This bill is a disgusting white supremicst proposition that puts white male fragility, OVER dismantling systems of injustice FOR ALL.
No current student is responsible for the sins of our forefathers and should never be made to feel that way. Schools and teacher should be given QUALITY racial, gender, and unconscious bias training. No relationship gets fixed by NOT talking about it. Let’s get it together Rhode Island.
From a 7th grade Providence teacher: “My students experience the repercussions of racism and sexism on a daily basis”
My students experience the repercussions of racism and sexism on a daily basis. The tangible effects of systemic, historic racism and violent sexism in this country are more destructive and traumatic than “discomfort, guilt, anguish, or any other form of psychological distress” felt by individuals “on account of their race or sex.”
The Rhode Island State Government should not be in the business of censorship, which is what this bill proposes. Censoring discussion of racism and sexism does nothing to stop these destructive beliefs and actions, and in fact is the best way to perpetuate them.
From a South Kingstown teacher: “set us on a path of regression in education and display Rhode Island as a bigoted and racist state”
I am writing in opposition of the bill H6070 which will prevent school systems from teaching about racism and oppressive systems. RIDE along with Commissioner Angelica Infante-Green have been advocating for equity and have created the LEAP task force to address flaws in our educational system and have sought to revamp curriculums to include the history of all people of color, cultures and backgrounds. This bill would restrict educators ability to teach the truths of history and continue to perpetuate the falsehoods and slanted history of white Europeans. If this bill passes it would set us on a path of regression in education and display Rhode Island as a bigoted and racist state, unwilling to learn from history or acknowledge that our past is filled with accomplishments and also tragedies that we must be willing to learn from.
A Providence Public School teacher: “my upbringing in the United States has taught me racist and sexist beliefs that I need to work on unlearning every day”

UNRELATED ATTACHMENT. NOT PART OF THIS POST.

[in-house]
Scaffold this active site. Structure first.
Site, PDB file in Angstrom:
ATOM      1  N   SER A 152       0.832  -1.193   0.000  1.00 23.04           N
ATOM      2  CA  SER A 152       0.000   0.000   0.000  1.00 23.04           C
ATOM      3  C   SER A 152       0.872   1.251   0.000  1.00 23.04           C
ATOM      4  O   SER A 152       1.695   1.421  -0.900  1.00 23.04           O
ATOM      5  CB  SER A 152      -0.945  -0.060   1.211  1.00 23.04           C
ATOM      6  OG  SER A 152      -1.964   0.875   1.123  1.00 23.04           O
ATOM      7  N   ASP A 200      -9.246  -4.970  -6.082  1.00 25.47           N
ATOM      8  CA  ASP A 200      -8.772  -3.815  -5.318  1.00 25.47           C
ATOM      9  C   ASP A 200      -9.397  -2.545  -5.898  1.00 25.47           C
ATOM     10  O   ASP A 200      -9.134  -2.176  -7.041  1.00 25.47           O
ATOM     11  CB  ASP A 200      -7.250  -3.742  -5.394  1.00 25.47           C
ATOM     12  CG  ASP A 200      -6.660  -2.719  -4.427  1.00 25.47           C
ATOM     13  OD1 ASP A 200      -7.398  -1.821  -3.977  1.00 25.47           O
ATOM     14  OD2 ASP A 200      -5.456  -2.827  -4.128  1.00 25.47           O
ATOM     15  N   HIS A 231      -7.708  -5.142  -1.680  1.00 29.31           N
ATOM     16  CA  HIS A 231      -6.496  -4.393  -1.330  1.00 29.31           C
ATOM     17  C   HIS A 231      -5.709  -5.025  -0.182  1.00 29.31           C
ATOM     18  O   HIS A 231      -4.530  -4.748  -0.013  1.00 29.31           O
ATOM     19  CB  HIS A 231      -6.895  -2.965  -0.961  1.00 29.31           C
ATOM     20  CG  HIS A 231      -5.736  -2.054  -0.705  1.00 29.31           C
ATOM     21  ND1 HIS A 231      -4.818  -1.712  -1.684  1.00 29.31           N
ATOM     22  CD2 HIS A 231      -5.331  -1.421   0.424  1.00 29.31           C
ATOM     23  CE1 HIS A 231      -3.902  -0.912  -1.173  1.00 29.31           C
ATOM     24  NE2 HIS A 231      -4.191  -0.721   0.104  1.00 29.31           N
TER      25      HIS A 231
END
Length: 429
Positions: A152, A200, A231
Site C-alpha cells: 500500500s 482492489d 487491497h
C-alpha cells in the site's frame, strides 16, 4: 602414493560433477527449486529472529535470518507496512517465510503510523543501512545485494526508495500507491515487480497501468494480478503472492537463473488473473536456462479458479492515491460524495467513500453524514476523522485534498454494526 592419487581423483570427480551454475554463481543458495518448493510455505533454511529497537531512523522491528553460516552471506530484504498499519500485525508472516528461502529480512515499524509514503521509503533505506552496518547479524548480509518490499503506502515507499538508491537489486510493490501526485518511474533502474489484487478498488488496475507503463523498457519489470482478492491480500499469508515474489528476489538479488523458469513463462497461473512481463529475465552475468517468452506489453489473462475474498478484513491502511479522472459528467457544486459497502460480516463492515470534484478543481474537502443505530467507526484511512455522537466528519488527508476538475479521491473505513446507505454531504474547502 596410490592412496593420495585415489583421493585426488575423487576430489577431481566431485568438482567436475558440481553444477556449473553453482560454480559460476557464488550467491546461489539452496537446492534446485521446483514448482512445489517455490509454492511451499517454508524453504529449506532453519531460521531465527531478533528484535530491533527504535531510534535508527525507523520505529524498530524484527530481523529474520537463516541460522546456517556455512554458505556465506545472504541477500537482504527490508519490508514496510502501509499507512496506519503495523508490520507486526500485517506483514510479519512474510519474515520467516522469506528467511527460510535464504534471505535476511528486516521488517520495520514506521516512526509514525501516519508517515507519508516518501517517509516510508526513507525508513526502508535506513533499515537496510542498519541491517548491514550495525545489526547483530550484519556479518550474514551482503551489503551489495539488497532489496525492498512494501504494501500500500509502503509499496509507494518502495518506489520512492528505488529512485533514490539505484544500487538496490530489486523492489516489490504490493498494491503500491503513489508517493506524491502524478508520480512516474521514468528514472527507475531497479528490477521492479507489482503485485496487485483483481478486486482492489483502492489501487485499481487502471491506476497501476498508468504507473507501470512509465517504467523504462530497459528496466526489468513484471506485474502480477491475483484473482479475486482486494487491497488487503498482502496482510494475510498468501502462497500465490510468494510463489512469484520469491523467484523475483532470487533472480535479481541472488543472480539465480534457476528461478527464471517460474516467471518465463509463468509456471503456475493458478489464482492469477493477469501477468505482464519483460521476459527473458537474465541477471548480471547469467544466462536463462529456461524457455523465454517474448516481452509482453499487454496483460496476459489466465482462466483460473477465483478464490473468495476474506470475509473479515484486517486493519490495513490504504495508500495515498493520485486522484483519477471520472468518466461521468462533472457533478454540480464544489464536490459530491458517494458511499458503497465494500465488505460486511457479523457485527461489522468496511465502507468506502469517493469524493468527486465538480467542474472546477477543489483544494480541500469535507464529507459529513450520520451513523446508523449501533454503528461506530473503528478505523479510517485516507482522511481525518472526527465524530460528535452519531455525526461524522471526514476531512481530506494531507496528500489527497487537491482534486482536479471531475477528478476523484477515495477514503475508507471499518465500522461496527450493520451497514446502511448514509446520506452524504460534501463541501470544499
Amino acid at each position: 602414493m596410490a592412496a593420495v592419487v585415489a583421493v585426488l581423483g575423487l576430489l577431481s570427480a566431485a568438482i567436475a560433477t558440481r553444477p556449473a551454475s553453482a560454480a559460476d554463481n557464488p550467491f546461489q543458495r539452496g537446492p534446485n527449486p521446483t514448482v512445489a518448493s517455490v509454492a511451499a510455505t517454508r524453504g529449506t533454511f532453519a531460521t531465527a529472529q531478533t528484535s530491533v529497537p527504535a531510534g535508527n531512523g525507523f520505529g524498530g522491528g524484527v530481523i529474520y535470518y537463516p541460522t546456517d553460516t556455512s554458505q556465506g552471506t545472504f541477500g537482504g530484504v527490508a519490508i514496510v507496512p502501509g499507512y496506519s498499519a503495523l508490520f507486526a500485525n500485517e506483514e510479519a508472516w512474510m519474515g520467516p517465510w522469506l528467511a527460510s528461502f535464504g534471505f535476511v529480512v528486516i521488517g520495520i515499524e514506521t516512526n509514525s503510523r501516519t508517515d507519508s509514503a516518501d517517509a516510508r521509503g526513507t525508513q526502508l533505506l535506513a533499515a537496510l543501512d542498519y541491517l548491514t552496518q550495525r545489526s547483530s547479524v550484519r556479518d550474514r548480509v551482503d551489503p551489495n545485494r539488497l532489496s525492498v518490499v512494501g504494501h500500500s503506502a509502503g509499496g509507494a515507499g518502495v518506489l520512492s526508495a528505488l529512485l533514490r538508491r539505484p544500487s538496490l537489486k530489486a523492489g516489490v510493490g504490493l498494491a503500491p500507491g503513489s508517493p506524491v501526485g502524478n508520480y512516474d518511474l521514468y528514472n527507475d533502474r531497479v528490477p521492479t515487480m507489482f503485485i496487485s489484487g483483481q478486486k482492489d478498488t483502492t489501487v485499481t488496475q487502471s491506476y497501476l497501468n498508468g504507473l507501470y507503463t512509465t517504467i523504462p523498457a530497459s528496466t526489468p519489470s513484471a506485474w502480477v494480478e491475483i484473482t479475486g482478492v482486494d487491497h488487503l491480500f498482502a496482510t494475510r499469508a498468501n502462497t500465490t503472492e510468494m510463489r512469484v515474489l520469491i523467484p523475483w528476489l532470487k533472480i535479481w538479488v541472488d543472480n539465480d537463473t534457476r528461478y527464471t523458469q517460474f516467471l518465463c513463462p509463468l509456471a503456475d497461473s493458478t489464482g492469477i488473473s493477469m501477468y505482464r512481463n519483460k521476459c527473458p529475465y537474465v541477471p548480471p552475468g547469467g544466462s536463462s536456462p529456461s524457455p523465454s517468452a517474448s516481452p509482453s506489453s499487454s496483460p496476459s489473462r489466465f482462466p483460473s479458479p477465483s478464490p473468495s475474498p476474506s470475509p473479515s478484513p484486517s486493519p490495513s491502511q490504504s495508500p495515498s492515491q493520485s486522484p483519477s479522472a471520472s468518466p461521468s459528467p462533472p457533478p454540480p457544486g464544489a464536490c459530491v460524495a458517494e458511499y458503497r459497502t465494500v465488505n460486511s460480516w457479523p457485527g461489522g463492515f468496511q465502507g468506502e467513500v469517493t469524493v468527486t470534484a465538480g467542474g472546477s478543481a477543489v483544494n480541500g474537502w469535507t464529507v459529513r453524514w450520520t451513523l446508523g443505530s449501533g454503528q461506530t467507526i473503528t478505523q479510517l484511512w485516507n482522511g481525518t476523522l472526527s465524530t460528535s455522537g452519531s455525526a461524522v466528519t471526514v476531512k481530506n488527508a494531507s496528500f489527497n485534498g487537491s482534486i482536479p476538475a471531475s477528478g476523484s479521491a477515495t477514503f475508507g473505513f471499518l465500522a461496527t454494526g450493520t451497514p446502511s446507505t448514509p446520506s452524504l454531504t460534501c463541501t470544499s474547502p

As an white educator in Providence Public Schools, I know that my upbringing in the United States has taught me racist and sexist beliefs that I need to work on unlearning every day. Without the help of learning so-called “divisive concepts”, I would be unaware of the violence I cause through micro aggressions every day. While I do not intend to say or do racist things, I know that I unintentionally cause harm to others because of my ignorance of the effects of my actions and the racial stereotypes I can uphold. Thankfully, I have the ability to learn, to act better every day, and to take responsibility when I make mistakes. These are skills I hope to instill in the youth I work with.
To advocate that our white students and children remain unaware of the history of racism and sexism upheld in the United States is actively choosing violence against our friends and neighbors of color. It gaslights our students of color and erases the real discricimination and violence they face currently. Violence doesn’t just occur when Derek Chauvin can murder an unarmed Black man, George Floyd, in broad daylight or when members of our Asian American and Pacific Islander community are gunned down by a white man and face increasing acts of harassment. White folks commit acts of discrimination and violence every day and to not address this in our education of our children is to choose to continue that violence without care for others or ourselves.
A Providence middle school student: “Patriarchy and differences in pay still exist today. Stereotypes of women and people of color still exist today”
To pass the bill would be a violation of our fundamental rights and the freedom of speech. Students and teachers should have the right to speak up for what they believe in and stand up against racism, sexism, and discrimination that occurs at schools. We’re thankful to live in a country where we have these freedoms, as not everyone has that privilege. To take away these rights would be to take away what makes the United States special, our inherent freedoms. I understand that some students and parents may feel uncomfortable during these discussions, they are perfectly able to express that or seek out other educational institutes and alternate methods of learning.
The idea that no Institution should have the power to say that “the state of Rhode Island or the United States of America is a fundamentally racist or sexist” is taking away our ability to speak the truth. From the writing of our constitution, prejudice has been interwoven in our culture. Unequal opportunities in healthcare, education, jobs, wealth, and housing still exist today. Unconscious bias still exists today. Patriarchy and differences in pay still exist today. Stereotypes of women and people of color still exist today. The only way to right these wrongs is to continue to question the way society operates, and educate and inspire people to overcome our differences and unite. It would be inhumane to take away our ability to teach this universal truth.
A Warwick English teacher: “anti-racist education is fundamental for this nation”